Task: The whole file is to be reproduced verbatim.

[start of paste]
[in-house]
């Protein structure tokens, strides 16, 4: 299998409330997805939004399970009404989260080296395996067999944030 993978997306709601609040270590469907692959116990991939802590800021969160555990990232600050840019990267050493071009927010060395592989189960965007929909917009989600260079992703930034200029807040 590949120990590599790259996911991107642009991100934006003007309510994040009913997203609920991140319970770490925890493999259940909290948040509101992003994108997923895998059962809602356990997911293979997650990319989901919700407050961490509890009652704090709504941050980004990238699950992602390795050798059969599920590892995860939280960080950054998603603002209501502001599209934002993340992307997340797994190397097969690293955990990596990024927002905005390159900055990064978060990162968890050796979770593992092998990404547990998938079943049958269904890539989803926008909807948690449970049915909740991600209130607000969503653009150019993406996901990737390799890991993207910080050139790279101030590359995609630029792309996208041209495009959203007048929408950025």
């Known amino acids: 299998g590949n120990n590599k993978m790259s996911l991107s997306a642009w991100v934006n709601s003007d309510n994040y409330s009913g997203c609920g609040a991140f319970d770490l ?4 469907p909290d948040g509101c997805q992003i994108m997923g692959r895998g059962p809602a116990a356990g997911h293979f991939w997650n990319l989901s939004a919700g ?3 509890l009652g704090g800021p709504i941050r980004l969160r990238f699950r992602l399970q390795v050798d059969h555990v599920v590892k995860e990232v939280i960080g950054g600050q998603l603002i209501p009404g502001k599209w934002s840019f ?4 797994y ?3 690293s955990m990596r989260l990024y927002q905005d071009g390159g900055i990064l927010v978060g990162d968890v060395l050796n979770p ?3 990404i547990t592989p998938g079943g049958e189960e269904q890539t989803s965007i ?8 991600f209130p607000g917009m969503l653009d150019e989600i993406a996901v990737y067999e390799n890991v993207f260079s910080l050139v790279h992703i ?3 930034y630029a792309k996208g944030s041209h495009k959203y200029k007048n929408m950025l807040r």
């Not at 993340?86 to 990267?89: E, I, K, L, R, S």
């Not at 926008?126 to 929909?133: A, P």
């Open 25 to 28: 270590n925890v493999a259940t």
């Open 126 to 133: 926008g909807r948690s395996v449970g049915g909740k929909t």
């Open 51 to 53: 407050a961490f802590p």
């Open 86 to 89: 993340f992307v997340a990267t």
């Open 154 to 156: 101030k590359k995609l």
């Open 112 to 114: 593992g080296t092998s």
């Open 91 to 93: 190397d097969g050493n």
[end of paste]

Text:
[in-house]
């Protein structure tokens, strides 16, 4: 299998409330997805939004399970009404989260080296395996067999944030 993978997306709601609040270590469907692959116990991939802590800021969160555990990232600050840019990267050493071009927010060395592989189960965007929909917009989600260079992703930034200029807040 590949120990590599790259996911991107642009991100934006003007309510994040009913997203609920991140319970770490925890493999259940909290948040509101992003994108997923895998059962809602356990997911293979997650990319989901919700407050961490509890009652704090709504941050980004990238699950992602390795050798059969599920590892995860939280960080950054998603603002209501502001599209934002993340992307997340797994190397097969690293955990990596990024927002905005390159900055990064978060990162968890050796979770593992092998990404547990998938079943049958269904890539989803926008909807948690449970049915909740991600209130607000969503653009150019993406996901990737390799890991993207910080050139790279101030590359995609630029792309996208041209495009959203007048929408950025």
């Known amino acids: 299998g590949n120990n590599k993978m790259s996911l991107s997306a642009w991100v934006n709601s003007d309510n994040y409330s009913g997203c609920g609040a991140f319970d770490l ?4 469907p909290d948040g509101c997805q992003i994108m997923g692959r895998g059962p809602a116990a356990g997911h293979f991939w997650n990319l989901s939004a919700g ?3 509890l009652g704090g800021p709504i941050r980004l969160r990238f699950r992602l399970q390795v050798d059969h555990v599920v590892k995860e990232v939280i960080g950054g600050q998603l603002i209501p009404g502001k599209w934002s840019f ?4 797994y ?3 690293s955990m990596r989260l990024y927002q905005d071009g390159g900055i990064l927010v978060g990162d968890v060395l050796n979770p ?3 990404i547990t592989p998938g079943g049958e189960e269904q890539t989803s965007i ?8 991600f209130p607000g917009m969503l653009d150019e989600i993406a996901v990737y067999e390799n890991v993207f260079s910080l050139v790279h992703i ?3 930034y630029a792309k996208g944030s041209h495009k959203y200029k007048n929408m950025l807040r």
């Not at 993340?86 to 990267?89: E, I, K, L, R, S």
């Not at 926008?126 to 929909?133: A, P």
């Open 25 to 28: 270590n925890v493999a259940t």
């Open 126 to 133: 926008g909807r948690s395996v449970g049915g909740k929909t």
């Open 51 to 53: 407050a961490f802590p």
């Open 86 to 89: 993340f992307v997340a990267t």
């Open 154 to 156: 101030k590359k995609l």
């Open 112 to 114: 593992g080296t092998s």
């Open 91 to 93: 190397d097969g050493n």